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Of Neural Sound Waves And Raging Hormones

— Every day, millions of people undergo medical procedures requiring anesthesia. Yet the mechanism that produces this somnolent state is unknown. Physicists Thomas Heimburg and Andrew Jackson at the University of Copenhagen have presented evidence for a radical explanation: sound waves. Their research, if correct, challenges the conventional wisdom that nerves are switched on or off by electrical currents. "The information that is encoded in the nerve pulse comes from electrical energy, but the way it is carried, we believe, is by pressure waves such as sound," says Jackson.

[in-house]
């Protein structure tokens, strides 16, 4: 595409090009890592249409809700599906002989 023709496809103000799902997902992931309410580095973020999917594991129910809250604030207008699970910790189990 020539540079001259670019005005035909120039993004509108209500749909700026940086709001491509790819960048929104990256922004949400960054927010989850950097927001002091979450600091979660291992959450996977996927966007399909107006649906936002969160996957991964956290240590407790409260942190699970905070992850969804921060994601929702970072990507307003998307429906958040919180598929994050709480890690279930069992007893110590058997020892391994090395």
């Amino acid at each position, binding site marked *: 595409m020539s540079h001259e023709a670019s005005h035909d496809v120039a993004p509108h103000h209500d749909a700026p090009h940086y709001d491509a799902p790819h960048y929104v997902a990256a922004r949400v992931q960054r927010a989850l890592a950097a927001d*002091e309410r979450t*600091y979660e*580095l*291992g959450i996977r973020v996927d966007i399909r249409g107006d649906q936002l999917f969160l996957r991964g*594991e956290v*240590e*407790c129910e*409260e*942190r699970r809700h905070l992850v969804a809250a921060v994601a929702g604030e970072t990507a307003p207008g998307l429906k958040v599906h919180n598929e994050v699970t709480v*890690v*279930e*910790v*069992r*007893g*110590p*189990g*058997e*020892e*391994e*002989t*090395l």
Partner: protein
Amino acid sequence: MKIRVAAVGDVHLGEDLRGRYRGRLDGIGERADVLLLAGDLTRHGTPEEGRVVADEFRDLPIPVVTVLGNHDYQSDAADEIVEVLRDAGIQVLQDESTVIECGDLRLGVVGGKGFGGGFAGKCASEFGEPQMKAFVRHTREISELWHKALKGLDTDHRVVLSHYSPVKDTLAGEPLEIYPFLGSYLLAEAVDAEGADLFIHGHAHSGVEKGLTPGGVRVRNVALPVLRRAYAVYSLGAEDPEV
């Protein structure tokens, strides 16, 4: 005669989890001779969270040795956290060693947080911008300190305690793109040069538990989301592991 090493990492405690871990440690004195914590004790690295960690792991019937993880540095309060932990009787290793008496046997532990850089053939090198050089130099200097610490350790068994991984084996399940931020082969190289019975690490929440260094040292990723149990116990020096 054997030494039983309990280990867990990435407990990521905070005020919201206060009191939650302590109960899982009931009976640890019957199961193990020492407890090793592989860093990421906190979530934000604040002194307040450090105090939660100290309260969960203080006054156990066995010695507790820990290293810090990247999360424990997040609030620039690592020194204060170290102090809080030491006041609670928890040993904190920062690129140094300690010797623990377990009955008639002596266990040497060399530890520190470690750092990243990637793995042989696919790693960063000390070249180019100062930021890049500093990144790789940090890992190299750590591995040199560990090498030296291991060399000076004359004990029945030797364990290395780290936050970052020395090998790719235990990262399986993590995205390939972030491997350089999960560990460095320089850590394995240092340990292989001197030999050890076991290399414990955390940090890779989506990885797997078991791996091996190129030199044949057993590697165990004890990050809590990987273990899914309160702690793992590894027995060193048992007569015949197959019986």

— Here's another neural enigma: the cause of violent mood swings among teenagers. Researchers at SUNY Downstate Medical Center propose in Nature Neuroscience that a hormone called THP, which normally has a tranquilizing effect, reverses its role in adolescence and triggers anxiety. The hormone interacts with a brain receptor called GABA-A, which is associated with relaxed states and is the target of many sedative drugs.